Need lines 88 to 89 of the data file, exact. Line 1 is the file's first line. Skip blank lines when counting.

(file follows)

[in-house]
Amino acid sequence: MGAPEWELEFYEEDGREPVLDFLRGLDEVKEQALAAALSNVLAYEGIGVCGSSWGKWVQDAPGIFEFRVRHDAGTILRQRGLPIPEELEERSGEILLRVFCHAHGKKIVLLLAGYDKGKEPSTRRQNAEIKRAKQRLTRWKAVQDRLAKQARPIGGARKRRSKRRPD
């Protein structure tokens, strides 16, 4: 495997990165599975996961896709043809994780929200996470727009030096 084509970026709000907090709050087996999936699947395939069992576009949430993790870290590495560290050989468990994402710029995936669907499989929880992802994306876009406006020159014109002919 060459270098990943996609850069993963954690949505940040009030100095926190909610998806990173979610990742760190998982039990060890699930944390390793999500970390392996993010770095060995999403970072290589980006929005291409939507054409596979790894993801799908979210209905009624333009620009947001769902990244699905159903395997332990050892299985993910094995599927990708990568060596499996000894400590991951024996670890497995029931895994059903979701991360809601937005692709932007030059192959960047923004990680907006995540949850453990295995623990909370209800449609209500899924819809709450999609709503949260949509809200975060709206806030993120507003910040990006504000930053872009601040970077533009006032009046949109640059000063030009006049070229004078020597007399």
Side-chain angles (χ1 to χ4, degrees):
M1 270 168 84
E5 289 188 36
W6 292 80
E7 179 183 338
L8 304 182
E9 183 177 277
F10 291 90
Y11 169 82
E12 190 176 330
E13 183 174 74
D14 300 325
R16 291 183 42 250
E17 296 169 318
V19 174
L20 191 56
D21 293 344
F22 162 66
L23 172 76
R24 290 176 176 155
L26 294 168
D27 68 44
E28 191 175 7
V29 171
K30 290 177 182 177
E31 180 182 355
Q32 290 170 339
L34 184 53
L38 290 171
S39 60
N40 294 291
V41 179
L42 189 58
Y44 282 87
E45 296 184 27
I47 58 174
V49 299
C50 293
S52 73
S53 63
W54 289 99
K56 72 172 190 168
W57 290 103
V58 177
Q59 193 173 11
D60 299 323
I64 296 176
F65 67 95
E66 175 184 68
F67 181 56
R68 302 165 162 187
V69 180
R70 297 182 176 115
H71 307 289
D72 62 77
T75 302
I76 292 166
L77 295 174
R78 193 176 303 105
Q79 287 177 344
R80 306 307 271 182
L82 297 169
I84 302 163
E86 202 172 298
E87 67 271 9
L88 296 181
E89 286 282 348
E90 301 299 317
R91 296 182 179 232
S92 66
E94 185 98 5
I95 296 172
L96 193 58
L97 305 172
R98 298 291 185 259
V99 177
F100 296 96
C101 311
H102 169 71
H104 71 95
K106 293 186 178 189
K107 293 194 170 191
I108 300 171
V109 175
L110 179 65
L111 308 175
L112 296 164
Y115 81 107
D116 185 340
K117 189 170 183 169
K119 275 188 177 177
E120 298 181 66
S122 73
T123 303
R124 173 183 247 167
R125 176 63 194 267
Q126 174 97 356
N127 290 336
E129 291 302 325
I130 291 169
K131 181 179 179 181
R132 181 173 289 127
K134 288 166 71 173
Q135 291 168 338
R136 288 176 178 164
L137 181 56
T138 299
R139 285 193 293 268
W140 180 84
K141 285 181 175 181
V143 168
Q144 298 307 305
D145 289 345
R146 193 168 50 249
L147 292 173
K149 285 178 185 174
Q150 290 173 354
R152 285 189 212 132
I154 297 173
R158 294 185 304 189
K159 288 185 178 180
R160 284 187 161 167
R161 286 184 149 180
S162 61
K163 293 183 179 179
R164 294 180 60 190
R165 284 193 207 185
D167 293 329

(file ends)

L110 179 65
L111 308 175